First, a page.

Mandolin Beginner

Mandolin Beginner: Week #3

FINGER EXERCISE:

1st finger first fret string one 8 times with alternate picking, repeat 8 times for fingers 2-4.  Repeat the whole process on strings 2-4

CHORD PROGRESSION:

Your new strum is labeled on the chart.  Remember to practice 4 times daily with last week’s strum as well.  Also please spend time with each new chord voicing— play one note at a time a few times each day until they feel natural to you.  For this week leave out the 3rd finger note on string 4.


Chord Practice 3 (PDF)

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Ginger DoldenComment
Mandolin Beginner: Week #2

TUNING: If you missed this week’s Snark tutorial take a look at the video below to get started tuning your mandolin!  Remember to check tuning every time you practice.

TECHNIQUE EXERCISE:
String one fret one: quarter quarter, fret two same rhythm, fret three same. Repeat fora a total of 4 times, then repeat the whole process on strings two, three, and four.

CHORD EXERCISE:
I  IV  V  (remember what that means?)  as played in “Bury Me Beneath the Willow” by the Carter Family.  The song repeats on this chart, so play the whole page twice a day.  Also try these chord changes with a down up down up down strum: short-short-short-short-long beats.

Bury Me Beneath the Willows (PDF)
D Chord (PDF)

 

Ginger DoldenComment
Mandolin Beginner: Week #1

Hello class!  

So great to meet all of you yesterday!  I’m really excited to cover some fun music with you over this session.  Please take a look at the diagram of of parts of your instrument— we will have a short quiz on this next lesson.  Tuning from bass string to high string is G D A E. Remember to schedule 10-15 minutes of practice time each day.  

First our tune and a brief description— Bill Monroe’s "Southern Flavor”

Over his 50 year career, Bill Monroe made an indelible mark on American music.  As the founding father of bluegrass music he invented the sound of the bluegrass mandolin as well as the role of each instrument typically used in a bluegrass ensemble.  He wrote and/or recorded an extensive list of bluegrass, gospel, blues and country standards and has been covered by hundreds of artists to come after him.  His influence and importance can’t be overstated, and I strongly recommend exploring what we now call “Monroe-style” mandolin.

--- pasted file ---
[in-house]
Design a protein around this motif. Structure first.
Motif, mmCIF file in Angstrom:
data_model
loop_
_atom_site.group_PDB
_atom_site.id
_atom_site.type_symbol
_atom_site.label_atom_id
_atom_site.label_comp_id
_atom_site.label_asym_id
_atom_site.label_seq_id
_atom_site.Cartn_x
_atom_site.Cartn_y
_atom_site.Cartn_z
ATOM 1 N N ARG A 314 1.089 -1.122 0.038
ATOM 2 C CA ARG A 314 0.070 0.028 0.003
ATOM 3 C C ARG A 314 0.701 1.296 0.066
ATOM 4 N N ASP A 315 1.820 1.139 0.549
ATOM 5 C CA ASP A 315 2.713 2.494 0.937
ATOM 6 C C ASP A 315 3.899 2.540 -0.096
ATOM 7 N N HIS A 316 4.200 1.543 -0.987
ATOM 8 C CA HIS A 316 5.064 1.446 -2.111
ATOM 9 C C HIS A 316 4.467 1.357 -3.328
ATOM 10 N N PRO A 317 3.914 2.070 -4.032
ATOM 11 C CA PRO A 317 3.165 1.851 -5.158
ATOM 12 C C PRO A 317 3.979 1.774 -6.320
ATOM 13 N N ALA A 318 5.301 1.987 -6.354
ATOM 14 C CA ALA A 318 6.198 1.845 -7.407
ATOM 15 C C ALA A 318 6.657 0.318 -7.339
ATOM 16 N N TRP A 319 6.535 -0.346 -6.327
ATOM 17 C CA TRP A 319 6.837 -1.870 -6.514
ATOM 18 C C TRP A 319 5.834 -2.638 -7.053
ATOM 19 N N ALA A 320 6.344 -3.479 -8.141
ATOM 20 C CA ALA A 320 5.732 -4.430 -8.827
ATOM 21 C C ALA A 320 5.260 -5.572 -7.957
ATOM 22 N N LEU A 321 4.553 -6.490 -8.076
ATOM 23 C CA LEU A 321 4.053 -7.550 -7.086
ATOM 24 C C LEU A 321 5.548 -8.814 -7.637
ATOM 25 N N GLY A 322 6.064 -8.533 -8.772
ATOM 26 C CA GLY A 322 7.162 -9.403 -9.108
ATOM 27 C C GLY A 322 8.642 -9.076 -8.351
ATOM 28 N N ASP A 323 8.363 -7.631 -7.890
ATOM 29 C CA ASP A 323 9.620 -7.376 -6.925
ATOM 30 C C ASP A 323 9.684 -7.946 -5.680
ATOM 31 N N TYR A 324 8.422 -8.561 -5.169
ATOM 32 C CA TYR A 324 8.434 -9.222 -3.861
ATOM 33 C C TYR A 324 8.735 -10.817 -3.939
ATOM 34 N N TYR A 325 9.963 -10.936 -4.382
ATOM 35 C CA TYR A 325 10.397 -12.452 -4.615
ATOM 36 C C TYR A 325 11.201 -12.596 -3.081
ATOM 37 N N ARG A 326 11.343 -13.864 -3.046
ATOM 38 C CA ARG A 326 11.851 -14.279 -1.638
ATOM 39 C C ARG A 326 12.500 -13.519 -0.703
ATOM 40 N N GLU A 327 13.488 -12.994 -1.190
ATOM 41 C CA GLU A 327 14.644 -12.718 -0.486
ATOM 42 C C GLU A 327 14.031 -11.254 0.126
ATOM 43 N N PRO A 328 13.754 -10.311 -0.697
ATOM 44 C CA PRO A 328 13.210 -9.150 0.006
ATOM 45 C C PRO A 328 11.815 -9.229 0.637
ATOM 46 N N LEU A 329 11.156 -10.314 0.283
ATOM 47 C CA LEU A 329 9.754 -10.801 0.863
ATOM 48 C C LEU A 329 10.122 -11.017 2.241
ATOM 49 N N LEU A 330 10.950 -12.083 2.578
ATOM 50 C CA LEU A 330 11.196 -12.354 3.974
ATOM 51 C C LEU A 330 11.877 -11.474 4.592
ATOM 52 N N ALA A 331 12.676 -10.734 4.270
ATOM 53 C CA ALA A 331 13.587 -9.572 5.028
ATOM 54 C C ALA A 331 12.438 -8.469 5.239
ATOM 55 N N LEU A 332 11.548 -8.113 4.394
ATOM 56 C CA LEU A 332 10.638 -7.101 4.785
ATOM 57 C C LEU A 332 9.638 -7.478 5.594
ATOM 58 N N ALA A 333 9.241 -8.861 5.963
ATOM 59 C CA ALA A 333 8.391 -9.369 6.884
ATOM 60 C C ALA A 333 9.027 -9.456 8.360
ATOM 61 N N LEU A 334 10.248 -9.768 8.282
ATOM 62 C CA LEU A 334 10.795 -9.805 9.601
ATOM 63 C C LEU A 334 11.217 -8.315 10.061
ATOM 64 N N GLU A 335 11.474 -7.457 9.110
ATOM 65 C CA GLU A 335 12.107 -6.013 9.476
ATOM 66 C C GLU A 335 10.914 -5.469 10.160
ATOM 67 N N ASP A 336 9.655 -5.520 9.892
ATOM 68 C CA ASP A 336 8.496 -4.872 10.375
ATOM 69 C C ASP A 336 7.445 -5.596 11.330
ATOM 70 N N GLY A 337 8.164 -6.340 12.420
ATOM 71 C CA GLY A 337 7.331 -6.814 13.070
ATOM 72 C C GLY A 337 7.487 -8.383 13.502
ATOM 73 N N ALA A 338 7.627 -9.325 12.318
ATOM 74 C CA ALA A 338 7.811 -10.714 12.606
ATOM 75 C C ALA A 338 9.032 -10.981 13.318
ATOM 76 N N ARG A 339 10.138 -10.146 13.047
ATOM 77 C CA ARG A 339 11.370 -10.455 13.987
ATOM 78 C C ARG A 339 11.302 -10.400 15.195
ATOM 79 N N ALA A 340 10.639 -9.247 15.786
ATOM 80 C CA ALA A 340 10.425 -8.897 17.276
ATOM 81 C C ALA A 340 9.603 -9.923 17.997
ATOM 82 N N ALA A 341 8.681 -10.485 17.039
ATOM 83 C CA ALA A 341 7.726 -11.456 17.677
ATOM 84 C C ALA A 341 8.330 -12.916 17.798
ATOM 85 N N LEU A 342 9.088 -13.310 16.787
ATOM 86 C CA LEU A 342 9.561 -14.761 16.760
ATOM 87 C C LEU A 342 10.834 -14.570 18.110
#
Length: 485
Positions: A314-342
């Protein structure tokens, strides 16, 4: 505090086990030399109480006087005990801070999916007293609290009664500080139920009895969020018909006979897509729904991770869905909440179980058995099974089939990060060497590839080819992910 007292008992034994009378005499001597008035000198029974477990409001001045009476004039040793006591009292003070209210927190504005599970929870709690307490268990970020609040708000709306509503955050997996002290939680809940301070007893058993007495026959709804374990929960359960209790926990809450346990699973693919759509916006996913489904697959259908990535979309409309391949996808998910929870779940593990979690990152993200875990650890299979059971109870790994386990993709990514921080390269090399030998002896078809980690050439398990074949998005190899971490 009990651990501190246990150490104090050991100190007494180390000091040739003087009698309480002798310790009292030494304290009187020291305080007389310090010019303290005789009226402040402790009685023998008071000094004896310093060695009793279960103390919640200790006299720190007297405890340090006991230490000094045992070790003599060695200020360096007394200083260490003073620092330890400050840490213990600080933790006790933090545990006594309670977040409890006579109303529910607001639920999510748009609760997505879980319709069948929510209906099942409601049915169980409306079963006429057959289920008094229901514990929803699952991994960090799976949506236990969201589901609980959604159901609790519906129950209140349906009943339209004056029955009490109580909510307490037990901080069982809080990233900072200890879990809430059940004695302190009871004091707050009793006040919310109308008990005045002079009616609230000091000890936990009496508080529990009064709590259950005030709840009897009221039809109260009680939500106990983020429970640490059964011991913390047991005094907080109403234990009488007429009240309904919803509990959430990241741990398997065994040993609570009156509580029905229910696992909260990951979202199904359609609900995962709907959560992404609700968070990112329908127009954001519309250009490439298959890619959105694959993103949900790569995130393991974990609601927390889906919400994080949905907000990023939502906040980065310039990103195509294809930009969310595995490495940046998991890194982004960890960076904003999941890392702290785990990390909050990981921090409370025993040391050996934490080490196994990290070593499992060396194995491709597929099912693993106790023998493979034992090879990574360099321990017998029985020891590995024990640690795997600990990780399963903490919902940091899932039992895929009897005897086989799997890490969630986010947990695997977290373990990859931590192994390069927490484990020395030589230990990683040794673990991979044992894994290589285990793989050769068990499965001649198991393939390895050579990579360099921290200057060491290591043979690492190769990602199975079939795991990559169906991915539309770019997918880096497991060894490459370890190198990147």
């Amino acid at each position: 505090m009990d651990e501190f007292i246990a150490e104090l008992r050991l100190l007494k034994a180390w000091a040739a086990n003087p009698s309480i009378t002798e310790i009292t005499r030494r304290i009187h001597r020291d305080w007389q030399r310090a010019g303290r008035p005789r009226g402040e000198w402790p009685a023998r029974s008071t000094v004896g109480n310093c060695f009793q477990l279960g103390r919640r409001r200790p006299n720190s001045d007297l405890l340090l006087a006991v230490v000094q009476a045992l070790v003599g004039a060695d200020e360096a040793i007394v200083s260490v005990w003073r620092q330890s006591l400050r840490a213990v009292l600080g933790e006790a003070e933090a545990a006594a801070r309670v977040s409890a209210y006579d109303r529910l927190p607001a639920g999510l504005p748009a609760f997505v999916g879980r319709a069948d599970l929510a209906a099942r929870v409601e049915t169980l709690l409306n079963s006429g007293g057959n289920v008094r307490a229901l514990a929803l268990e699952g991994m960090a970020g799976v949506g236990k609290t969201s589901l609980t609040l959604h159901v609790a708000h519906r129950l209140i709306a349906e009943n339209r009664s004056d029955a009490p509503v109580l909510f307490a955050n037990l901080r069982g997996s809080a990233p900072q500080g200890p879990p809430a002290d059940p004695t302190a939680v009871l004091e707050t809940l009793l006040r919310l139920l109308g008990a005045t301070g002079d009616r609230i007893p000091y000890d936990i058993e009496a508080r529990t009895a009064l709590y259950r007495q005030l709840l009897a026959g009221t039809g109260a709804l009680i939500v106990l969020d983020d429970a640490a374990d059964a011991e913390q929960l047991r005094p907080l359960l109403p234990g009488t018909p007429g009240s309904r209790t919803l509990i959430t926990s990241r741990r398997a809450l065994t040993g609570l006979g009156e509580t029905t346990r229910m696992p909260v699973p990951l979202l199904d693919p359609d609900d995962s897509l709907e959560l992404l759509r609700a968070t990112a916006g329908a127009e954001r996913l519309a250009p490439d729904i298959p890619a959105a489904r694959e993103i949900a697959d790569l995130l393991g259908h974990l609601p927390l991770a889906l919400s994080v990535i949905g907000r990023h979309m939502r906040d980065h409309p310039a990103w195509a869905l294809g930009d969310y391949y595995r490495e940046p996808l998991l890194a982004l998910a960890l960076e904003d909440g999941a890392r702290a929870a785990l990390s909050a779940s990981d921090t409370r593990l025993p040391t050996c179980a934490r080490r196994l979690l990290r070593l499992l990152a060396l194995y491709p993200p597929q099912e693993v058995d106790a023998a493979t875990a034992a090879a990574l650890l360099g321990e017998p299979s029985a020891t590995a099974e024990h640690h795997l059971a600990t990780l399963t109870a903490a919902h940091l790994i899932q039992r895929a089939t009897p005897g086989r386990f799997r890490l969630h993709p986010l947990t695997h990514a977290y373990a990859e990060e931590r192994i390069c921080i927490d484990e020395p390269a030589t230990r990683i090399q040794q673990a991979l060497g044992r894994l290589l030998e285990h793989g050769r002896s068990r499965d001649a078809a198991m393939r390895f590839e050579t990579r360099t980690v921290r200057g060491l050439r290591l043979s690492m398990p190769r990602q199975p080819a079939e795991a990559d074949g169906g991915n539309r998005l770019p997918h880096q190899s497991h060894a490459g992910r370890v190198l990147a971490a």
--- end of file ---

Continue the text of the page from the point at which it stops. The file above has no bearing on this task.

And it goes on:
ASSIGNMENT: 

ou should practice your finger exercises and chord practice each day!

Finger exercise #1:
Start with a careful set-up of playing position: your back should be straight and your shoulders open but relaxed.  The mandolin rests on the right leg with the neck raising up slightly toward the left shoulder.  Your right forearm rests on top of the instrument to hold it firmly against your rib cage and the neck rests on the first finger of your left hand (remember to "shake the hand" of your instrument).

Now pluck the E string with your pick in a downward motion several times as follows: 1st finger/2nd fret — 2nd finger/4th fret — 3rd finger/6th fret.

Chord Practice # 1

After setting up your instrument with proper playing posture, fret your G chord as depicted above, making sure that each finger is just behind the fret and on it's finger tip.  Play each string of the chord one at a time then give it a few strums.  Repeat for the C chord.

After a few days you can start to move the G chord shape to the C shape, strumming each one a few times each before repeating a few times.

 Remember to bring a Snark tuner to next week’s tuning tutorial!

 

 

Ginger DoldenComment